Growing up in the Frozen North doesn't mean you don't get cold. It doesn't mean you don't feel like moving to Arizona every time January comes around. And windchill never becomes your friend. But it does mean we know cold. Yes, my brothers and I can tell you whether or not it's below 10 degrees, just by stepping outside and breathing in.
We know to start the cars early, keep our gas tanks full, and a snow shovel in the trunk. Blankets or extra coats can be found in the back seat. And there should be a coffee can, a candle and some matches hiding somewhere. Just in case. We can drive in absolutely any shoes (not to mention weather) because we learned to drive in snow-boots. And there's a. lot. of talk about weather... windchill, visibility, extended forecasts.
And long about this time of year, when the serious weather starts to set in: windchill consistently below zero, we kinda give in. Alright fine, it's time to get serious about this whole warmth thing. We heat up rice socks to take to bed (unless your room is mine, and one of the warmest in the house). And the night before work, we'll set out our warm clothes: fleece-lined leggings, the jeans that fit over them, legit wool socks, tennis shoes for work, snow-boots for just-in-case; layered tops; the real gloves, hat, scarf, and coat.
In the morning when you put all this on, you check your weather app to see if this is really necessary, and realize that the temperature has gone down to -4, and the windchill is now -25. So you start your car earlier still. Just in case the battery's dead, you need to have time for plan B. And if you need gas that morning as well, you put your visa in your glove so there's no looking for it at the last minute. Your keychain gets clipped to your pants, or the outside of your purse, again to minimize fumbling. And you find the key necessary before you leave the safety of the previous heater.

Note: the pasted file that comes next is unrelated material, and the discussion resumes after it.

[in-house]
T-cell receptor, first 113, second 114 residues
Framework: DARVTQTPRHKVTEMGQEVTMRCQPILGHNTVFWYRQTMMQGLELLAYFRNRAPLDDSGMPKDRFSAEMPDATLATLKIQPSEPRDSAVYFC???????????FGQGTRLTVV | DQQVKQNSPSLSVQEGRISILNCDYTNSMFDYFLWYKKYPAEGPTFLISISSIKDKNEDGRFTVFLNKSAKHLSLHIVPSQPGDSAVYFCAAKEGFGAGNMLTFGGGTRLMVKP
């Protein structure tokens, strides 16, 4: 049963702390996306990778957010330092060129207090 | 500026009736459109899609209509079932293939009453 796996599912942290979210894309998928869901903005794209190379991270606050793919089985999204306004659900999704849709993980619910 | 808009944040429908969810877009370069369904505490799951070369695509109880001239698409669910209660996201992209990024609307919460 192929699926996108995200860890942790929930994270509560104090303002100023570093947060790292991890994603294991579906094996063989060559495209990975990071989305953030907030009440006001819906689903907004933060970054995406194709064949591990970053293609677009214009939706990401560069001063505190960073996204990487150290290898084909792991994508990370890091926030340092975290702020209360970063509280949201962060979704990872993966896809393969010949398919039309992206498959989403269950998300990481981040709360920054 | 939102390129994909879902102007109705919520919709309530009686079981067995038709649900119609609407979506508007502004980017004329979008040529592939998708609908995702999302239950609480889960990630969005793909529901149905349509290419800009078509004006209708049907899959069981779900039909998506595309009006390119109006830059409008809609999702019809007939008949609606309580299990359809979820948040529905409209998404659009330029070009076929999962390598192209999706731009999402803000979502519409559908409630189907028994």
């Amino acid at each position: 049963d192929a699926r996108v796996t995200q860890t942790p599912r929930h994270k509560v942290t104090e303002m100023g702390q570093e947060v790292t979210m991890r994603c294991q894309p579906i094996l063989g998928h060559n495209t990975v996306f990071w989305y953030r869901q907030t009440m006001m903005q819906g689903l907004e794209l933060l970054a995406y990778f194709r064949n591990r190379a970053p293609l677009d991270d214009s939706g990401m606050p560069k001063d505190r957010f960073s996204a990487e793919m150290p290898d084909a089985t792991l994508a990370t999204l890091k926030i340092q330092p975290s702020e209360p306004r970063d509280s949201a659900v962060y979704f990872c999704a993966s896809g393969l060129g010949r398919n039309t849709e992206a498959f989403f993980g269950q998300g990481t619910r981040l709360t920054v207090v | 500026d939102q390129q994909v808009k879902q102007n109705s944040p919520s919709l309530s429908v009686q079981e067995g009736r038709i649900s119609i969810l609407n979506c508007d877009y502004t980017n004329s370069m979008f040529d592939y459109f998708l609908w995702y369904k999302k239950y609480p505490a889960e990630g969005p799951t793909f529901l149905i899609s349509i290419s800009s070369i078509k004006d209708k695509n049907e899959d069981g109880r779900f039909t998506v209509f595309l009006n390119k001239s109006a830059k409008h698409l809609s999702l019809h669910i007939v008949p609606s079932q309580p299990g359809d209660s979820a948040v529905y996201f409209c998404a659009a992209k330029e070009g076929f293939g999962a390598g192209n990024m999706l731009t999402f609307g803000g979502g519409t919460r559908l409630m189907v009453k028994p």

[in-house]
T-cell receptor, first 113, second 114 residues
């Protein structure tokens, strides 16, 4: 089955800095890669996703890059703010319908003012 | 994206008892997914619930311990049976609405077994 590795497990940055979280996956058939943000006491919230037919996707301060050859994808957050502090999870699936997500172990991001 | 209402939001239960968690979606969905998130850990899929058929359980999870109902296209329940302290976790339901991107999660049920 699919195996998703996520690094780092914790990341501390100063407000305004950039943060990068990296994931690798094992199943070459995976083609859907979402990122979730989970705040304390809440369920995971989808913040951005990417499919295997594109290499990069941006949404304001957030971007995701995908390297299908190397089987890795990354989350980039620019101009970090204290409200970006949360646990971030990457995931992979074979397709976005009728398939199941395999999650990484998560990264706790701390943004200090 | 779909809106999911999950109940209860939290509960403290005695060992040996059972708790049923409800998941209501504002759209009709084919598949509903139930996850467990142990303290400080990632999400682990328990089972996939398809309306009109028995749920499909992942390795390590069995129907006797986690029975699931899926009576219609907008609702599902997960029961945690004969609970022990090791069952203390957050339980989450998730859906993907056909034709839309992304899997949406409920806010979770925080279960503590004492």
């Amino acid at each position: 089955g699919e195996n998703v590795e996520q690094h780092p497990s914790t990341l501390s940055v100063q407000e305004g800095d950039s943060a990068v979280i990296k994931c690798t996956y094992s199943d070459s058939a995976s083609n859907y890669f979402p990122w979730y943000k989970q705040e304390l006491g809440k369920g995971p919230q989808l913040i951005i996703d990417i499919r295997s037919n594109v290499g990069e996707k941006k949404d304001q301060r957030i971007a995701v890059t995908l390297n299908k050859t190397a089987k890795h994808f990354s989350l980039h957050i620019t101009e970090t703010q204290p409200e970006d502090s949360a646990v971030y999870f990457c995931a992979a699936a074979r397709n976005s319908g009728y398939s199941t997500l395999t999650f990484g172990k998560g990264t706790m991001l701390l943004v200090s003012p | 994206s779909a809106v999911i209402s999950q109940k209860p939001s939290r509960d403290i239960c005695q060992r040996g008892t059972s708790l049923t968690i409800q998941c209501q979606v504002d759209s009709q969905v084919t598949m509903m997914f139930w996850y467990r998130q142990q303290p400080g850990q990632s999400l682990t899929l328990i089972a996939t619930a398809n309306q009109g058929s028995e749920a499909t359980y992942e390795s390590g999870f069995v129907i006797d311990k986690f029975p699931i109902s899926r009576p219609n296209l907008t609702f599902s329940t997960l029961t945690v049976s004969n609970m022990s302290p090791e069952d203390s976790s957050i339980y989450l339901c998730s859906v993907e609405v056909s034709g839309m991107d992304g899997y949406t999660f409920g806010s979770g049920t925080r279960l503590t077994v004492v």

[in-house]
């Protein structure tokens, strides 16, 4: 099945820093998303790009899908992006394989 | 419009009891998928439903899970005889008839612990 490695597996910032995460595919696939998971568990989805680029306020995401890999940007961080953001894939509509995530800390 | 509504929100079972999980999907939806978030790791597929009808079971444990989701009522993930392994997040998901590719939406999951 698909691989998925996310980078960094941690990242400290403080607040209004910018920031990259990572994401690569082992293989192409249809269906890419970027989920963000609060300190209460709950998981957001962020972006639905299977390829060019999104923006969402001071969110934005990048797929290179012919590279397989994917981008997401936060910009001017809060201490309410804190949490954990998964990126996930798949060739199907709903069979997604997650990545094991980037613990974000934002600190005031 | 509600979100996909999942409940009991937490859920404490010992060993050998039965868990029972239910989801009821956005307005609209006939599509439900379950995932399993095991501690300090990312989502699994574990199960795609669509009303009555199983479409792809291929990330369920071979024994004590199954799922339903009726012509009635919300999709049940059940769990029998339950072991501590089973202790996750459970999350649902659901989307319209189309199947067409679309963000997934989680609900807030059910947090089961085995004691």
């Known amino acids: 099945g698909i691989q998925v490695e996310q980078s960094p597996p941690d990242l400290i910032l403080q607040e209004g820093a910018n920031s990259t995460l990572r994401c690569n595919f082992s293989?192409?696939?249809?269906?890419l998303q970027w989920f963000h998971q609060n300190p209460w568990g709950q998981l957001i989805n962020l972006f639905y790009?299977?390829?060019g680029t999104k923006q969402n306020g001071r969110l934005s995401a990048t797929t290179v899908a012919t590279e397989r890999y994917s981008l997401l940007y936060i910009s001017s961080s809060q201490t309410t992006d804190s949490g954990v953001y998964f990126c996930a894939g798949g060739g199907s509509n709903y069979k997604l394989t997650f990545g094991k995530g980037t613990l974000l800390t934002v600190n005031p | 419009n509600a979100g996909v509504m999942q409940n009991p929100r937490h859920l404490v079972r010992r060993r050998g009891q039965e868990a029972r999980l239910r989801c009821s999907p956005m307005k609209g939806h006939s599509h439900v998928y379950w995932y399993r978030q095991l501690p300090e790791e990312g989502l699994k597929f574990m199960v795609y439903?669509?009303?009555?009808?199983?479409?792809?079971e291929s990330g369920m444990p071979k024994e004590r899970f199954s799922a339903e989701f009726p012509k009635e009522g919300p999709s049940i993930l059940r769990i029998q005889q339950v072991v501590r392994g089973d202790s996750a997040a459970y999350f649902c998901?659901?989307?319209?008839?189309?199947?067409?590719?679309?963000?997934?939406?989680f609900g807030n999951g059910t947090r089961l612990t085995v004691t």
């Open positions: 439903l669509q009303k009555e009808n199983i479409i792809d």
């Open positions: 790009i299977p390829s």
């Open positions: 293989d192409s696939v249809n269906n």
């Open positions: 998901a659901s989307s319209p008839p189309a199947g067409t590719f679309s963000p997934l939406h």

There is no way you skip breakfast. I'm not inclined to anyway, as you very well know. But there's nothing like a cold day to remind you that you need fuel. And hot drinks are the dearest friend of the Northern Adventurer. (It helps morale to give ourselves titles.) Hot coffee, hot tea. There's always some around, and you're always offering it to anyone who drops in, shivering. Even if they say no, you might hand them a cup just to warm their fingers. Hot cider and hot chocolate, after skiing or working outdoors. Mulled wine or a hot toddy for late in the evening.
If you're from the Tundra, armpit of the north, you know how to combat these negative-bazillion days. If you haven't got a fireplace, you load up on candles. (I have a drawer or two.) You get a music speaker, and take turns between Mel Torme and Florence and the Machine. Both are very good for getting the spirits up, in differing moods. You take a lot of fish oil, and do your writing in the natural window light whenever humanly possible. Some learn to crochet, because it's great for keeping the hands warm, others become more than usually helpful about washing dishes in warm water, or cooking around the stove (a personal favorite of mine, no surprise).
And you have to be a little more deliberate about fellowship and social gatherings. It takes a lot more to make those happen, but it's worth it to cheer up these cold monochromatic days. Any excuse is a good one for a party. Coffeeshops are great places to stay busy and connected at the same time. Every community connection becomes more precious as the winter creeps on. So keep reaching out; stay connected; stay warm. If you pop by my place I'll offer you a hot cup of something, or you can warm your hands in my dish water. I'll lend you a blanket and a sack of corn. We can catch up on Sherlock.
I'll give you a Hygge.